Suzhou, recognized as a technological manufacturing giant in China’s east, is venturing into the realms of live-streaming e-commerce. This step comes in the wake of loosening regulations that once curtailed major internet companies in the nation. Located in the densely populated Jiangsu province, Suzhou’s municipal government has charted out a course with 17 distinct measures aimed at bolstering this modern form of commerce.
According to recent announcements, individual live streamers based in Suzhou, who generate sales exceeding 50 million yuan annually and maintain their tax obligations, are set to receive monetary subsidies up to 1 million yuan (US$137,000). On a larger scale, Chinese multichannel networks, entities that partner directly with brands to secure endorsements from renowned influencers on social platforms, stand to gain rewards as substantial as 1.2 million yuan. This is contingent upon them securing exclusive contracts with top-tier live streamers, who themselves must clock sales over 100 million yuan annually.
But the plans of Suzhou’s municipal government go beyond mere financial incentives. They aim to attract top-tier talent into the city’s burgeoning live-streaming e-commerce sector, offering them a suite of benefits, from housing subsidies to educational support for their offspring. The local government’s WeChat post emphasized the profound impact the digital economy, exemplified by live-streaming commerce, has on revitalizing the traditional economy.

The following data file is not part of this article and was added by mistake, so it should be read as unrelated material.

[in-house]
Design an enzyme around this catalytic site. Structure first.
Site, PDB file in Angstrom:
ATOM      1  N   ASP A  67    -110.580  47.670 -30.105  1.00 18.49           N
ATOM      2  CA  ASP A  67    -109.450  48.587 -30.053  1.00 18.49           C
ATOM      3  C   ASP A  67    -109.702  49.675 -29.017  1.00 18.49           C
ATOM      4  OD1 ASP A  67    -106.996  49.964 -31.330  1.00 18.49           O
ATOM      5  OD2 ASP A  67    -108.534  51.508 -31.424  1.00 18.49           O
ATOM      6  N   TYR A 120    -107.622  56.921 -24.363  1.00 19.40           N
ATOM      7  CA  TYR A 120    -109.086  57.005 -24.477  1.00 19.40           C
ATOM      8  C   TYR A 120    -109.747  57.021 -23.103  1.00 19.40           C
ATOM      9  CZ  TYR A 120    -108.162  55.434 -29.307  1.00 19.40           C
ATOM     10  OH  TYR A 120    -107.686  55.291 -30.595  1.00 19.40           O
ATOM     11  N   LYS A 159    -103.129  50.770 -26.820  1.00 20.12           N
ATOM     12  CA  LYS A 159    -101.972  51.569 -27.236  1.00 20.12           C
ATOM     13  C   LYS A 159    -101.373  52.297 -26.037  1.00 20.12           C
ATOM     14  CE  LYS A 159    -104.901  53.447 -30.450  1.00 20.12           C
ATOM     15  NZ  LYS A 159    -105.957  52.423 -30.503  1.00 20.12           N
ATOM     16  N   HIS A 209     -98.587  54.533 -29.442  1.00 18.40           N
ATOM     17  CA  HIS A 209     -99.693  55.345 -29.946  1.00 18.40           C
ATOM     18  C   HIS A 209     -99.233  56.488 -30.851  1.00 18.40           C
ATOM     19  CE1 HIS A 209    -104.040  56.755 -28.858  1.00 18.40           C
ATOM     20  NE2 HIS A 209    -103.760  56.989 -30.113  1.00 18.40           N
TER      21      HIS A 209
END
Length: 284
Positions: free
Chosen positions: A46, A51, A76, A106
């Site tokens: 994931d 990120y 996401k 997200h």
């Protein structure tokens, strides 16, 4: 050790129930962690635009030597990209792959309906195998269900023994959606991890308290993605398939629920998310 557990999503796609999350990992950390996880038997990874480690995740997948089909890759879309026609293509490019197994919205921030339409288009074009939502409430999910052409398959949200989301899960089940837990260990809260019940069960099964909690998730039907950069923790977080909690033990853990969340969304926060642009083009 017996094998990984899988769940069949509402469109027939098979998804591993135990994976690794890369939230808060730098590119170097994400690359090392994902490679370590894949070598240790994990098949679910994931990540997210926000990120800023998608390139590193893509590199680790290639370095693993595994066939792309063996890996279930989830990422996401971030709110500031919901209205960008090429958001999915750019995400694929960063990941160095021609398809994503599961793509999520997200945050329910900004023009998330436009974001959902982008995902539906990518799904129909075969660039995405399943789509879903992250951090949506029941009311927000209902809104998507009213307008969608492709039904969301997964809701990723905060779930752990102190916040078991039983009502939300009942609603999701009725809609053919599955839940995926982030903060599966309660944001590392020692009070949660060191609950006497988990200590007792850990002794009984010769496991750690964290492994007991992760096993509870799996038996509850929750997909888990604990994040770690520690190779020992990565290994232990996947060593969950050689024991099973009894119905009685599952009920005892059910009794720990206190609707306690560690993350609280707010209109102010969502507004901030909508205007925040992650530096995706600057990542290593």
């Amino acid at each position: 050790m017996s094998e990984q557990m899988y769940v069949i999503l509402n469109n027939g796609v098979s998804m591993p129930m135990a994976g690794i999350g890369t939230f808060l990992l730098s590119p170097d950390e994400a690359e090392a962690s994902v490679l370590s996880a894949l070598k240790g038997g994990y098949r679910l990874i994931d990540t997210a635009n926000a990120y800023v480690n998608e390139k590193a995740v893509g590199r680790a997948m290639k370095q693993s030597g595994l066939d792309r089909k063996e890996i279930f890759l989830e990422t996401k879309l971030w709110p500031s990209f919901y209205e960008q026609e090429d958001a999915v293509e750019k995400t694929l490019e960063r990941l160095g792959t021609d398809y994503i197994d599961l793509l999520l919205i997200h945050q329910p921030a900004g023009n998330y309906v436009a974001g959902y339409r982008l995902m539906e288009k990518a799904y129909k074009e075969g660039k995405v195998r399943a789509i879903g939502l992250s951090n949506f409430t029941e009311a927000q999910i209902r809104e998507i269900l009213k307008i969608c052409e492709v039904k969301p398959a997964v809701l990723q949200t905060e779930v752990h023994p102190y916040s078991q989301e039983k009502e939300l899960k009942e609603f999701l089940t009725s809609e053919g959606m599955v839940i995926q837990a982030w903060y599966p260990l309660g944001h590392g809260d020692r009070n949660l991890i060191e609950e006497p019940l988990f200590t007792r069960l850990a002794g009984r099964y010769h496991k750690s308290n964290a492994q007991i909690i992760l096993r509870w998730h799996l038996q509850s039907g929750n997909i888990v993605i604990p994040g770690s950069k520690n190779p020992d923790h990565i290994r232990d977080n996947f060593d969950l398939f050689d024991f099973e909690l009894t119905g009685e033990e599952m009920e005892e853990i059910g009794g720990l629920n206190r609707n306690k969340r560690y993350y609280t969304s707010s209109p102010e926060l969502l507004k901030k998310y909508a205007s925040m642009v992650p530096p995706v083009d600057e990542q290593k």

Suzhou, a hub to over 300 firms pivotal to China’s semiconductor supply chain by 2022, is mirroring a wider trend. Major Chinese cities are turning to live-streaming e-commerce as a potent tool to amplify consumption. However, Suzhou finds itself in a race with veterans in the field – Hangzhou and Shenzhen. Hangzhou, the operational base of Alibaba Group Holding, registered a staggering 503 billion yuan in sales from live-streaming in just the initial 10 months of 2021. Furthermore, Taobao Live, Alibaba’s live-streaming arm, has ambitions to foster 200,000 new online influencers across the nation. Meanwhile, Shenzhen’s aspirations are global, aiming to establish itself as an internationally influential live-streaming e-commerce nucleus by 2025.
Yet, Suzhou has made commendable progress. The city posted a whopping 55 billion yuan in live-streaming e-commerce sales in 2022, marking an impressive 79.2% surge from the preceding year. This enthusiasm from local governments is a stark departure from attitudes two years prior. Back then, live-streaming ventures faced intense regulatory oversight, with numerous streamers facing accusations of product misrepresentation and fudged sales metrics, prompting the introduction of new regulations.